IRA man owned nine properties during the boom
Former Republican who owes €2.6m to CAB over failed tax appeal had mortgages of €1.5m
A FORMER IRA leader amassed nine properties, including an apartment and a berth on a marina in Spain, during the boom.
John Noonan, who lives in a former council house in Tallaght, Dublin, and claimed an income of around €4,000 a month, obtained five mortgages worth more than €1.5m and accumulated investments and insurance policies worth hundreds of thousands of euro.
Details of the convicted IRA man's finances are disclosed in court filings relating to his bankruptcy. Noonan declared himself bankrupt last year after his appeal against a €2.6m tax demand from the Criminal Assets Bureau failed.
The court's official assignee was unable to progress his investigation into Noonan's financial affairs, and CAB has taken over the job of liquidating his assets to pay off creditors.
There is also a disputed sum of several hundred thousand euro which was lodged to a bank account in the name of Peter Simpson. Noonan claimed he operated the bank account for the "Republican movement" but CAB suspect the money was Noonan's.
The attractive portfolio of assets and stocks sits uneasily with the former adjutant officer with the IRA's Dublin Brigade. He served five years in jail for firearms offences in the 1970s. By his own admission, he was a "senior figure in the Republican movement" until 2004. He used to be regarded as an associate of Gerry Adams and was a prominent anti-drugs campaigner who ran unsuccessfully for election for Sinn Fein. He set up several security and taxi companies in the 1990s but now makes a living working for Strand Security Services, an agency that has protected stars such as Bono and Cate Blanchett.
In recent years he started writing crime novels but he still came to the attention of gardai and CAB began investigating him.
According to his statement of affairs sworn in September last year, he was cash poor and in hock to the banks.
He claimed a net income of €2,714 a month from Strand Security Services and £1,084 from a related company, Gold Card Security. He had accounts with two banks in Alicante, Spain, one containing €1,076 and the other €36.86. He had €18.48 with Bank of Ireland in Tallaght.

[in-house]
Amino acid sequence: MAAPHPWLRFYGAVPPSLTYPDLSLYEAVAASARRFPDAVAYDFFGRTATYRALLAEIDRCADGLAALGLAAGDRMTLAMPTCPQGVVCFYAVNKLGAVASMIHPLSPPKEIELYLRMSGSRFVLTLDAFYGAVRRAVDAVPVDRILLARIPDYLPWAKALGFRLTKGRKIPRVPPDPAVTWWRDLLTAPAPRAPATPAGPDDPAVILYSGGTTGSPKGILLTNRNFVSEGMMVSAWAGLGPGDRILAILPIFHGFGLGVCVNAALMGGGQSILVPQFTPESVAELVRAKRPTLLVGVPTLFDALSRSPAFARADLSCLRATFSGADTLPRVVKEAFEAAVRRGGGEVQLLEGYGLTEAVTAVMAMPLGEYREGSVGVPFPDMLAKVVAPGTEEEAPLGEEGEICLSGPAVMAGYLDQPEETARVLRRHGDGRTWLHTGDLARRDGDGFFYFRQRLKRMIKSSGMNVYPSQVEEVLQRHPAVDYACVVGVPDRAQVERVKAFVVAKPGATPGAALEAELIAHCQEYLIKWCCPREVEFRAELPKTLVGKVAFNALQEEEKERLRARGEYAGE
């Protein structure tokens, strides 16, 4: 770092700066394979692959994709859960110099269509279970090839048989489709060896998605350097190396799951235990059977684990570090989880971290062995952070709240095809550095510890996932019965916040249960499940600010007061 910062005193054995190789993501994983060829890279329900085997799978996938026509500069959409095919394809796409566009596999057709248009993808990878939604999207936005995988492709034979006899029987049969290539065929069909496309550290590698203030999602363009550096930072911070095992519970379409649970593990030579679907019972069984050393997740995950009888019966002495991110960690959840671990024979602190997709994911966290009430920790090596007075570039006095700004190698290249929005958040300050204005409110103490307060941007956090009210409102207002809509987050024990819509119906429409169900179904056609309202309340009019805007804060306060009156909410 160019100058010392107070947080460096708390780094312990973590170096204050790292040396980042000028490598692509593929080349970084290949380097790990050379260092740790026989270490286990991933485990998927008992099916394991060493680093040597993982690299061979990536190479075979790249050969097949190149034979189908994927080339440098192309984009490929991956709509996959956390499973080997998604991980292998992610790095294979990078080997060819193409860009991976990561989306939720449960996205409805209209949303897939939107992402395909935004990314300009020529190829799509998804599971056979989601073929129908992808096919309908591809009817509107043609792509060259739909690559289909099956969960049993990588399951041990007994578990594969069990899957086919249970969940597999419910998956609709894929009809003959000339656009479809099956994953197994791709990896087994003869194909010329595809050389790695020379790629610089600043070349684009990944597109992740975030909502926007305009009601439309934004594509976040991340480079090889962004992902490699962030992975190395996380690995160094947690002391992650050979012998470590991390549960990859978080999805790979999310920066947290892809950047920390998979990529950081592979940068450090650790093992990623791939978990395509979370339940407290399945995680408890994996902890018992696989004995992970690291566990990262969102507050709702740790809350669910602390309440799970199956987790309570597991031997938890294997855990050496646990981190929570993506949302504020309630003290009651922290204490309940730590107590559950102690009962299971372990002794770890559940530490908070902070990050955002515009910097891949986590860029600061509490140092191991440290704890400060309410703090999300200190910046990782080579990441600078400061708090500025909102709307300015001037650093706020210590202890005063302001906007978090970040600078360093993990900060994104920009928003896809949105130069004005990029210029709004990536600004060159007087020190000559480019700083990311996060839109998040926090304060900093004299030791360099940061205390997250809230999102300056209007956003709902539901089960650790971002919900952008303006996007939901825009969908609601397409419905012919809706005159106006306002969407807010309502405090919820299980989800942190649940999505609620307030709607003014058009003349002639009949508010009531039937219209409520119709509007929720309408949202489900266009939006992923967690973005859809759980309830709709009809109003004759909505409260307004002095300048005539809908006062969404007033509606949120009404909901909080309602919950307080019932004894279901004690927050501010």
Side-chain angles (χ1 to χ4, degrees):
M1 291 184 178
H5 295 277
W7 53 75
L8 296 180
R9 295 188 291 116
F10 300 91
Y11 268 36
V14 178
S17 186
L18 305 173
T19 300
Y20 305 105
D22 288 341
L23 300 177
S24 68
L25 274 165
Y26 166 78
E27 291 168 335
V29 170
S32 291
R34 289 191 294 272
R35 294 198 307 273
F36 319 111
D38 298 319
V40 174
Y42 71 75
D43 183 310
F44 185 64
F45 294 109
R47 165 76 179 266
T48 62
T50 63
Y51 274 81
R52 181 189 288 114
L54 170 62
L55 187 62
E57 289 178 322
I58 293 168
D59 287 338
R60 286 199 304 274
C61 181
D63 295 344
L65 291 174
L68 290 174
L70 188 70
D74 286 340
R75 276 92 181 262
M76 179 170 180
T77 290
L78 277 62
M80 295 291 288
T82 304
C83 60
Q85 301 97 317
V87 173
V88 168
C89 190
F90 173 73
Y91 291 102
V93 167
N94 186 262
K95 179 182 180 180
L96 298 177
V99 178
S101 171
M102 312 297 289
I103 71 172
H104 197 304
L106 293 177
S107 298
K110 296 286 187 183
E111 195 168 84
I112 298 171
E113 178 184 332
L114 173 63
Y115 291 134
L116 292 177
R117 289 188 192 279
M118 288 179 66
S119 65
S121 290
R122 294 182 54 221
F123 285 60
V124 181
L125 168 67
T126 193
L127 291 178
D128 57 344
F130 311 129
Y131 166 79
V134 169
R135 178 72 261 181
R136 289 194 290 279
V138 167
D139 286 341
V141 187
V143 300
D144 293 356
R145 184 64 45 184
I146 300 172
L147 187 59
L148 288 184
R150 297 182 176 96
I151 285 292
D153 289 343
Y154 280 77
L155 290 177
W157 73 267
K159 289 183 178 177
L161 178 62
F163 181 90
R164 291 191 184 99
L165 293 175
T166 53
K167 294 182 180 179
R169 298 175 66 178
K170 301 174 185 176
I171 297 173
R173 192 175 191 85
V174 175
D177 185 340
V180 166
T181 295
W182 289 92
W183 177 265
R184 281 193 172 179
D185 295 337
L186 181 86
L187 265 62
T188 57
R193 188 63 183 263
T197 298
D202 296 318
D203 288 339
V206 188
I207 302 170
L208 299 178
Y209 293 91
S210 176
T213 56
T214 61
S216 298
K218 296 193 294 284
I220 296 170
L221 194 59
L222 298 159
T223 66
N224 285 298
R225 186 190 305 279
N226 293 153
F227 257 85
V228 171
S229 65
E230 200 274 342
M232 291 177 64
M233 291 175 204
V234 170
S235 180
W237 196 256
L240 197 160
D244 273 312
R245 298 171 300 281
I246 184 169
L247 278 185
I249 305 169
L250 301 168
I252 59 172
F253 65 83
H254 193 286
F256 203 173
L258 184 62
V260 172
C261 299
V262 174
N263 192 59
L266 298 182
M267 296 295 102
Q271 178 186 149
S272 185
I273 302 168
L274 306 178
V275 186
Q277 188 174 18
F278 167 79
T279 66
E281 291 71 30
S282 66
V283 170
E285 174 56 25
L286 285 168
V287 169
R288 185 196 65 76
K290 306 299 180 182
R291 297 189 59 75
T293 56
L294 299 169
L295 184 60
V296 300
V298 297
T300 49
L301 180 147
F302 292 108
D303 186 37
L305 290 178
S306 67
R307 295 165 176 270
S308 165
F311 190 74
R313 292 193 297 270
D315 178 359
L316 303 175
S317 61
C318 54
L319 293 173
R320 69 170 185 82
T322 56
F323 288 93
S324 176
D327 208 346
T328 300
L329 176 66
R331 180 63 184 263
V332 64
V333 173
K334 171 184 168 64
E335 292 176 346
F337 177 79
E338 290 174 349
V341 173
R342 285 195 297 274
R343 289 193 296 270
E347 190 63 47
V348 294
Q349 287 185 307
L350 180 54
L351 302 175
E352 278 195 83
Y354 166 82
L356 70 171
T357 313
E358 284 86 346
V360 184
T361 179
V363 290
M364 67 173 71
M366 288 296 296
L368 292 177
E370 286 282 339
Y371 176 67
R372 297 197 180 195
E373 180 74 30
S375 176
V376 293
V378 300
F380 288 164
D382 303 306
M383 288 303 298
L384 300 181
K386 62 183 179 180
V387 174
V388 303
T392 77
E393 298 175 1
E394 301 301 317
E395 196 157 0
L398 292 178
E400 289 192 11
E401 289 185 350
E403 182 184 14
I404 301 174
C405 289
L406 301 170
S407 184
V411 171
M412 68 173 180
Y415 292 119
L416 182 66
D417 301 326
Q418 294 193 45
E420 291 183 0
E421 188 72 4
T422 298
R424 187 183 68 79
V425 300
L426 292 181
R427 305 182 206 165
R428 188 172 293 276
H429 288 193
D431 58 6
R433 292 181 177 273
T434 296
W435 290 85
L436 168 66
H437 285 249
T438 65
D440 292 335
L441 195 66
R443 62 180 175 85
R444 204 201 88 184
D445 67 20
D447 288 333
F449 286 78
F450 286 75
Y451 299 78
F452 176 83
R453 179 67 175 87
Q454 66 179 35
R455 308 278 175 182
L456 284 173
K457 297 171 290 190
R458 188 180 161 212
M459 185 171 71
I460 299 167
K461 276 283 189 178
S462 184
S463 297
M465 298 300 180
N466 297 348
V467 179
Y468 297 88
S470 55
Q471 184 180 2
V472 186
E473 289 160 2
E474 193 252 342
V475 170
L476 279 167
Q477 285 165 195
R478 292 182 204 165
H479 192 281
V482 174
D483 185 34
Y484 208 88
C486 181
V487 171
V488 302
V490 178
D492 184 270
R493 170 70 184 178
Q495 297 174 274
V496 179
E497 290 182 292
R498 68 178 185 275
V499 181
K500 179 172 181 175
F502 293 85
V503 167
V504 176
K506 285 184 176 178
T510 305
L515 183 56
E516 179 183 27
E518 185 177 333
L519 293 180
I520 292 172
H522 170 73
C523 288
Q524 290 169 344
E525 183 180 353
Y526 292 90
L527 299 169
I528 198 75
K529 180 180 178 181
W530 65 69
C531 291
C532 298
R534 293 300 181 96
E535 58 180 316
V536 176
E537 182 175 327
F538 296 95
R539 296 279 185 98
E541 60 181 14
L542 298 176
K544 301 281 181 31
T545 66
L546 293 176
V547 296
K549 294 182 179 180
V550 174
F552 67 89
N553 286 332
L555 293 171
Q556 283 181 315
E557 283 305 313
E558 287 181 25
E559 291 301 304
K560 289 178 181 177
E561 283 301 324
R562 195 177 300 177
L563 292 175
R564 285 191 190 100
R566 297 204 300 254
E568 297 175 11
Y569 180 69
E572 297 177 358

He had five mortgages totalling more than €1.5m. He borrowed €853,658 from Bank of Scotland Ireland, where Phil Flynn, the former Sinn Fein vice president, was a former chairman. He had two mortgages with Permanent TSB, one for €136,258 and the second for €225,000; and two with Ulster Bank, one for €65,500 and the second for €269,172.
He is listed as joint owner of a house in Kilcowan, Baldwinstown, Co Wexford, valued at €275,000. He was joint owner of three units in the Foundry, an apartment and retail complex in the north inner city and his share was valued at some €300,000. He also owned a share in a €200,000 apartment in City West; a 50 per cent share in a €180,000 house on Sundale Road in Tallaght and his share of the family home in Kilmartin Gardens in Tallaght, worth €150,000. Those properties are all mortgaged.
His apartment in Alicante appeared mortgage-free, however. The apartment, in a golf complex, Campo de Golf, was valued at €160,000 and he owned half. He was also the licence holder on a marina berth in Torrievaja, which has four years left to run.
Noonan's investments suffered in the slump. He invested €15,000 in a Signature Lump Sum Bond with Irish Nationwide but as of September last year it was worth €7,836. A retirement account in which he invested €37,710 was worth €7,836. And €20,713 he invested in a Signature Saver account was worth €15,704. His life assurance policy cost €362 per month and would pay out €126,973 and €63,486. His two mortgage protection policies provided cover of €200,000 and €145,000.
As well as owing €2.6m to CAB, Noonan also owes more than €53,000 to three creditors. He owes €25,000 to solicitors firm Sheridan Quinn; €25,000 which he borrowed from Strand Security Services; and he also owes his local credit union in Tallaght €3,650.
In an affidavit, the official appointed by the court to oversee the bankruptcy said Noonan "failed to engage in a meaningful manner". Frank Cassidy, the CAB's legal officer, was appointed trustee over Noonan's estate last month after noting the "considerable difficulty" the court official was likely to encounter in investigating Noonan's financial affairs.
Court filings noted that Noonan had sworn under oath that: "Up until 2004, I was a senior member of the Republican movement. I had a bank account under the name of Peter Simpson which was operated for the Republican movement."
The case will be back before the High Court in May.